Charlie Battery update: Three months to go
By Tom Larson
Three months. That's all the time that remains before Morris-area residents will welcome home National Guard soldiers of Charlie Battery.
The soldiers are deployed in Kuwait and carry out convoy security missions in Iraq. They are scheduled to end their year-long deployment in a little more than three months.
Five soldiers of the 1-151st Charlie Battery with area connections spoke recently about their assignment, their lives during active duty and their appreciation for the support of people back home.
Doug Anderson, Jeremy Burns, John Dittbenner, Adam Gorecki and Andrew Loher are among 105 soldiers from Morris and Ortonville areas comprising the Charlie Battery, and they are among 560 151st soldiers headquartered at Camp Virginia in Kuwait.
As of Jan. 15, the Charlie Battery soldiers have been on active duty nine months, and are about a year removed from the official announcement of their deployment. They left Morris in April 2009, trained at Fort Hood, Texas, and arrived in Kuwait in July. They expect to be home in April.
"We hope it won't be longer and we pray every day it'll be shorter," Anderson said.
The soldiers' mission is convoy support mostly for military entering or leaving Iraq. They travel in MRAP -- Mine Resistant Ambush Protected Vehicles, said Dittbenner, who travels with Gorecki. It's not easy traveling, he said.
"It's like driving a dumptruck," Dittbenner said. "They're top-heavy and hard to maneuver on the road."
Burns said the military convoys typically consist of five to seven semis and about 30 trucks carrying containers of equipment and other material.
The missions can last a few days or a couple of weeks, with 15 days being the longest, he said.
Anderson and Burns deployed with Charlie Company in 2004 and 2005. The contrast between their first mission and today are sharp.
During their first deployment, the Charlie Company troops were stationed in the middle of Baghdad, in the Green Zone, working at a hospital and then supporting small convoys, Burns said.
"Then we traveled in only three vehicles in metropolitan traffic," Burns said. "Now, we're in five to six mile convoys, traveling three to eight hours at night."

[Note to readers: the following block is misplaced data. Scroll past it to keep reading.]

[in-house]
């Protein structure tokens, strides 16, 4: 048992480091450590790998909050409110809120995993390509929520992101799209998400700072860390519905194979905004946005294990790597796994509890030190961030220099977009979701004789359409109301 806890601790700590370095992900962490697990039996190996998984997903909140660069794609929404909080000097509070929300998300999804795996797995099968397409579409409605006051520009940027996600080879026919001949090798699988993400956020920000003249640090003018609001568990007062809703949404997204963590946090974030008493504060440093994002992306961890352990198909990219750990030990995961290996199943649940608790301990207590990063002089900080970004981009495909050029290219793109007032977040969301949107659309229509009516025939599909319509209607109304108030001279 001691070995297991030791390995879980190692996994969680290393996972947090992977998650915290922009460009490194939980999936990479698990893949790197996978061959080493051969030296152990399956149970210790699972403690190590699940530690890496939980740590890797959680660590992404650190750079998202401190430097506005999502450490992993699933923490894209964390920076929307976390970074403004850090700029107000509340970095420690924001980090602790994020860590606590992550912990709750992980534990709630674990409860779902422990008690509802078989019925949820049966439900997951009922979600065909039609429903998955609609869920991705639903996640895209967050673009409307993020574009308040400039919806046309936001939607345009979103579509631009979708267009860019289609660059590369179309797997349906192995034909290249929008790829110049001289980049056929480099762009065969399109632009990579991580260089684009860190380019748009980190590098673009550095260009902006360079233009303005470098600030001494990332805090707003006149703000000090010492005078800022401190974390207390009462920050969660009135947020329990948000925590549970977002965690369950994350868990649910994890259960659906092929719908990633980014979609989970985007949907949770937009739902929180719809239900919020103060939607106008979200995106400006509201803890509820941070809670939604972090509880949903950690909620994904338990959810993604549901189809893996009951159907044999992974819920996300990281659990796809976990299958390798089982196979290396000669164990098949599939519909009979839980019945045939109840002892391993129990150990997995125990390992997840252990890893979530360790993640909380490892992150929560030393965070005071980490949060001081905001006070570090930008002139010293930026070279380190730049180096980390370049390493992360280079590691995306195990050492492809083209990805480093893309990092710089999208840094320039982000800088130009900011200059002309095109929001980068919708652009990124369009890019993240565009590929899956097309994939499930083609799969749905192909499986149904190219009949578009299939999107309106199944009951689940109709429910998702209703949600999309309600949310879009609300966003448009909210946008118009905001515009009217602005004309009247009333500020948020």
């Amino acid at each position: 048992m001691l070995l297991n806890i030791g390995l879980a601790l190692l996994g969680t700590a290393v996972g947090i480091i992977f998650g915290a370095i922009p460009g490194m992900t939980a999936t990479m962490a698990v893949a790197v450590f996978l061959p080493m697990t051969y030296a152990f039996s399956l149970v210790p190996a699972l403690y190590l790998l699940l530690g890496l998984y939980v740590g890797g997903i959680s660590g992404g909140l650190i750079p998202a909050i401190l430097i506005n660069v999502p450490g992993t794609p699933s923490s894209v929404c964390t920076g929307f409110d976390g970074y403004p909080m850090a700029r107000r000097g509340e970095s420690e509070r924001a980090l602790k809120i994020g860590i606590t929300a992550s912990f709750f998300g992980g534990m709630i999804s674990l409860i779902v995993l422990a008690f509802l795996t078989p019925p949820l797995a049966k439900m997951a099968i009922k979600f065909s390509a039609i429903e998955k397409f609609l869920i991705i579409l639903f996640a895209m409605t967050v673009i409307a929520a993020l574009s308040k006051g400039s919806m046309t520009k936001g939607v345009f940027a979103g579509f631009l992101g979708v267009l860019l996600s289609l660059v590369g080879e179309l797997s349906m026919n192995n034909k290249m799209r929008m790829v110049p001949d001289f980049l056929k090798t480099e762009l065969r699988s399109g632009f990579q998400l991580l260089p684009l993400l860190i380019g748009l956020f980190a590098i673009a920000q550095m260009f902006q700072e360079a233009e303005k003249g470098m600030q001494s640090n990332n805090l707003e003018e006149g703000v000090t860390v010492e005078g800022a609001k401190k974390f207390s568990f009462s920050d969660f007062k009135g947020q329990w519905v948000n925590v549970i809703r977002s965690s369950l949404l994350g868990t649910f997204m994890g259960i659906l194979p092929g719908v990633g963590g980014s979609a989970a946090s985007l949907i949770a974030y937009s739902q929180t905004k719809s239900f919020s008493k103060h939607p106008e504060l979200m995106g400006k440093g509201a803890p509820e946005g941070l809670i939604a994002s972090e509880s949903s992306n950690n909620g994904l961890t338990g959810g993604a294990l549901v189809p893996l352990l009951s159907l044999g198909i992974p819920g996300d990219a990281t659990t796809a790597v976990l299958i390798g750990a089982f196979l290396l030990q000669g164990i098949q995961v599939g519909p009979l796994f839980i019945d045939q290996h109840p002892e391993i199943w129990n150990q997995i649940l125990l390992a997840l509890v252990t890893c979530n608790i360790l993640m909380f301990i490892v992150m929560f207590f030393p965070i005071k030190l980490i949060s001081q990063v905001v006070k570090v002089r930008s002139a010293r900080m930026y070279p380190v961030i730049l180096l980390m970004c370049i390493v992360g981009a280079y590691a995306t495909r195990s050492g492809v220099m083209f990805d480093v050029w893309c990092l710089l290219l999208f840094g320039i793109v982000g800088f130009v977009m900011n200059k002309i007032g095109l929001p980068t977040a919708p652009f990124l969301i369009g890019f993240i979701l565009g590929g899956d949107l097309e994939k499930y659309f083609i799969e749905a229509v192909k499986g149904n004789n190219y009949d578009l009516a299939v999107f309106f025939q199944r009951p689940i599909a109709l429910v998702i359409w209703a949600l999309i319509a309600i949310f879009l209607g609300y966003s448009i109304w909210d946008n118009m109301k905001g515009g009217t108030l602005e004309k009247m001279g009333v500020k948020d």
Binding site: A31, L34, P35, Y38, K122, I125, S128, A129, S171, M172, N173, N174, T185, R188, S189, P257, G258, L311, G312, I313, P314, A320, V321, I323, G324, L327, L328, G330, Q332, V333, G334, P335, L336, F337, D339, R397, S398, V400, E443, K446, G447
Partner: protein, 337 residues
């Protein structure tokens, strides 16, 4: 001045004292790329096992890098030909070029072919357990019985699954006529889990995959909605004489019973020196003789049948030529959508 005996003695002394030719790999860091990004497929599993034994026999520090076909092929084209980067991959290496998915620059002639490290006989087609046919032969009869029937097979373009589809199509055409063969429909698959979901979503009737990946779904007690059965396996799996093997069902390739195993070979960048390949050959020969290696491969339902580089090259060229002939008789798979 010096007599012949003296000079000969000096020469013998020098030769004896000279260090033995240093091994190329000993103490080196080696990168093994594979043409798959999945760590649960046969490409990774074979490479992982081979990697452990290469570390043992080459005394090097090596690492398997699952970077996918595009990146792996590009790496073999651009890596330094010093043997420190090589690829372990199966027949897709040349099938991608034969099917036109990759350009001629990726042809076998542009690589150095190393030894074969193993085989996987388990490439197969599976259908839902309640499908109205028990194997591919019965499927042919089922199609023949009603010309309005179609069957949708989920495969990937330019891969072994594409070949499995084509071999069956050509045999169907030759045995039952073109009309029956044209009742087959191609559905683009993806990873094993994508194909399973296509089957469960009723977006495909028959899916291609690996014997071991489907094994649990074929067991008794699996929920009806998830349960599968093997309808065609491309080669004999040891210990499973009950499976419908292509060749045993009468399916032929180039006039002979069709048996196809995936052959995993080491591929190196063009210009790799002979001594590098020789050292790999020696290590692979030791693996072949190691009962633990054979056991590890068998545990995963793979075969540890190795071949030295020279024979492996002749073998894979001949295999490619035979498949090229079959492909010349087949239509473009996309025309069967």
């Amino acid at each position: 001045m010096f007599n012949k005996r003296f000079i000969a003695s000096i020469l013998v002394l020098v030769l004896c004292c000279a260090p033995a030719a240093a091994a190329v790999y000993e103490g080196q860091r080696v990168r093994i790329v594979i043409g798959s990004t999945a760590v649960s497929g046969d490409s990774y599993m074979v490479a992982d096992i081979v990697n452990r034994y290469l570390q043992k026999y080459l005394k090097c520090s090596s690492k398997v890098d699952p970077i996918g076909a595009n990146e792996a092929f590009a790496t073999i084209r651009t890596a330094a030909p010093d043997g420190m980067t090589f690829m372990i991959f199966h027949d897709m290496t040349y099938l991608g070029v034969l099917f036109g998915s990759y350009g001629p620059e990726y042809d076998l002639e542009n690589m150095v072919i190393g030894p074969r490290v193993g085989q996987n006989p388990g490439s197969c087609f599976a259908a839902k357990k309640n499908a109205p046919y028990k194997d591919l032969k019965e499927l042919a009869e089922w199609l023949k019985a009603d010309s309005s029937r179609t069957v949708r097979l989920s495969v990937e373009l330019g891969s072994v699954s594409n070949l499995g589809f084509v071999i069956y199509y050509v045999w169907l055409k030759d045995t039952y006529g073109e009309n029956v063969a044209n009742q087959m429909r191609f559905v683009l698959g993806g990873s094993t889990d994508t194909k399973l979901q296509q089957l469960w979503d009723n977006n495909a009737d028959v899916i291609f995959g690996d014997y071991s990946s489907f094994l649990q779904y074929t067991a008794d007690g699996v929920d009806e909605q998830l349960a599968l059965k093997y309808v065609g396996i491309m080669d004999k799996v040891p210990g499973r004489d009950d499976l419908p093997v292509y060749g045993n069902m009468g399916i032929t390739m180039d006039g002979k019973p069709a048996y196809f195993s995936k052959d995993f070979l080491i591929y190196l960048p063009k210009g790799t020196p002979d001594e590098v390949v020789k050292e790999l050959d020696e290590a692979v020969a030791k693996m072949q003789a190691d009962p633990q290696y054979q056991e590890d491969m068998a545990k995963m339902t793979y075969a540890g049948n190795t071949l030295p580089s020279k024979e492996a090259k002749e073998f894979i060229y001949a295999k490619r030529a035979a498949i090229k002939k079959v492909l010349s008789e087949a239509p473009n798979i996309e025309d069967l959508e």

The responsibility for security also is shifting, he said.
"There are a lot more Iraqi Army and police around that you didn't see before," Burns said.
The soldiers are somewhat secluded at Camp Virginia, which is about two hours from Kuwait City. While some travel into the city for various reasons, there's little interaction with the local population, and it's mostly by design, Anderson said.
"Our missions are mostly at night and we try to stay out of the Iraqi people's way," Anderson said. We had a lot more interaction with people last time. We try to be on the road like we do back at home. We don't go out like 'This is our road, get out of our way.' We follow a share-the-road policy."
Burns said he could only speak for his squad, but they haven't encountered much enemy activity. Mostly the problems are maintenance issues, such as flat tires.
Once back from a mission, Loher said, the soldiers keep busy prepping their equipment and working on details of future missions. They also have recreational facilities, including a gym, basketball court, TV room and computer and phone centers.
"We have a lot to keep us busy," Loher said.
There's constant turnover at the camp, which also helps to keep things from getting mundane. For example, depending on who's coming and going, the base might be home to as few as about 500 soldiers or it may swell to 3,000, Anderson said.
"One day there are no lines in the chow hall, and next day you're waiting a long time," he said.
Many of the soldiers were deployed previously, which has helped them and first-timers this time, Anderson said.
"We have guys who have been through it," he said. "Last time, we had two guys who had been deployed before. We had no idea what we were getting into. We knew we got leave, but we didn't know how it worked. This time, we knew what we were getting into. The experience gained the last time has really helped us this time."
Anderson said he's anxiously awaiting his two-week leave. The soldiers began taking leave in October, and there are 10 "leave groups." Leave group eight is up next, and Anderson is in the 10th group.
"You keep track -- there goes leave group three, there goes four," he said. "It makes the time go faster."
Loher said leaves are big benefits, not only for reconnecting the soldiers with family and friends, but by keeping things fresh once back in camp.
"It keeps us going," Loher said. "It gives us more stories to talk about when we get back."
All five soldiers expressed their gratitude to family, friends, the Family Readiness Group and other organizations and people who keep them in mind. School children and churches have sent letters and care packages.
"The community outpouring has been tremendous," Gorecki said.
Anderson said Family Readiness Group coordinators Tom and Barb Hesse and Lisa Cox have been invaluable in helping families and soldiers during their deployment.
"They've made it a mission of theirs to take care of our families at home," Anderson said. "We can never say enough about what they do."
Telephones, the Internet and communication technology have made it possible for the soldiers to communicate regularly with family and friends. But there's nothing that can compare to stepping off a bus, with spring in the air, and into the arms of loved ones.
To make the time between now and then move faster, the Charlie Battery soldiers concentrate only on the task at hand.
"We say here that every mission is your first mission; you're only as good as your last mission," Anderson said. "We only focus on the next hurdle."